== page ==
An English woolwork picture of ships including H.M. Himalaya,
The woolwork picture depicts H.M. Troopship Himalaya and the torpedo boat Nos. 14 & 17 (named below on the gilt slip) steaming out of a river mouth and entering a wide bay. In the background are snowcapped hills shrouded in clouds and along the shoreline of the bay are terraces of houses disappearing into the distance. On the right are two larger houses depicted in more detail in the middle distance. All within maple frame.
Dimensions: 32 inches x 21 3/4 inches
By the middle of the 19th century, companies and navies were looking at the various different methods of improving the speed of their ships including auxilary steam power, paddle and screw power. In 1851 P & O put the first of the new screw steamers, the Shanghai into service and after that date few of the larger P & O vessels were built with paddles.
Ther P & O decision to adopt screw propulsion was soon followed by the construction of a really big ship, the 3,438-ton Himalaya, which was almost twice the size of any other ship in their fleet and the biggest steamer in the world*. Her saloon was a hundred feet in length and could seat 170 passengers. On trial she maintained 14 knots with engines alone and with full sail spread in addition to the engines she could achieve 16 1/2 knots.
But the Himalaya was before her time because she was too big for the traffic and was operated at a loss. The Company were relieved of a financial embarrassment by the advent of the Crimean War:for the Himalaya proved the best of the chartered transports, and the P & O were only too pleased to accept an offer from the Admiralty for her purchase as a troopship.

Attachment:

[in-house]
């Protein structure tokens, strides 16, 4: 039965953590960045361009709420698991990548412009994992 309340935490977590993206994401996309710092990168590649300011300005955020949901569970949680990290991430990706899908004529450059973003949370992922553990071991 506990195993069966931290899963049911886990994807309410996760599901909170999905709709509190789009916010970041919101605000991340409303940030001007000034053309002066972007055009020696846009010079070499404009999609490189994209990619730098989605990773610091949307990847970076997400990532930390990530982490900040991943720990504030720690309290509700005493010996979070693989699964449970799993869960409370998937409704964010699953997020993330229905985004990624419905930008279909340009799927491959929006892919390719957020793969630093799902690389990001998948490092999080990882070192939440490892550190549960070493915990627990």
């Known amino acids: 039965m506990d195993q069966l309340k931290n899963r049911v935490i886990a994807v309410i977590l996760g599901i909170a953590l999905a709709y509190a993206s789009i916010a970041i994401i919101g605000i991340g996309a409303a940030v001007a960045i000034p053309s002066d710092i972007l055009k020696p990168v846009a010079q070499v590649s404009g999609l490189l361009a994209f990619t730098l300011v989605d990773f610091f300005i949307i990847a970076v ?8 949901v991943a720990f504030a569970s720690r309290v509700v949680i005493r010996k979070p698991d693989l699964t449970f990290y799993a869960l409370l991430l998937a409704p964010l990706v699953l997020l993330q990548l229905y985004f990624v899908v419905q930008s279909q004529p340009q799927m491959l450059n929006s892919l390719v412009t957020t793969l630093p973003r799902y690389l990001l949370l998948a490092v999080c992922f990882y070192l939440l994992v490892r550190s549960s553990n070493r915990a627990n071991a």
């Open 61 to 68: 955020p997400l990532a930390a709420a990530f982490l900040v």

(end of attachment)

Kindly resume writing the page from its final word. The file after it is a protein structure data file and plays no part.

24 May 1853 Launched by C.J. Mare and Co., Blackwell for P & O. She had been laid down November 1851 to a paddle design but was completed with screw propulsion;
12 September register and ran trials;
23 May 1854: Sailed for Cork on government charter to embark troops of the 5th
Dragoons to the Crimea;
4 July 1854 sold to the Government for service as a troopship for £130,000.00.
This boat, along with TB 18, were built for Russia when the Russo-Turkish War and the subsequent war scare caused the Admiralty to purchase them. They were described as 'notoriously skay and weak in construction", and had to be virtually rebuilt. Their propeller shaft projected underneath the rudder, and their conning towers were aft. They had the ususual two funnels abreast, typical of Yarrow boats of the time. TB 17 was used for some spectacular "boom jumping" trials in 1887 at Malta, where she was finally sold in 1907. The ship carried a complement of 15. It had a displacement of 33 feet and dimensions of 86 feet x 11 feet x 4 1/2 feet.
This boat, built at Yarrow, was generally considered the best of the batch. It was a good seaboat and was fast (she made 16 Knts at sea in 1886) but her accommodation was very bad. Her displacement was 33 feet and her dimensions were 86 foot x 11 foot. She was broken up in 1904. She was commanded by Lieytenat George Purvis RN. Her log survives and in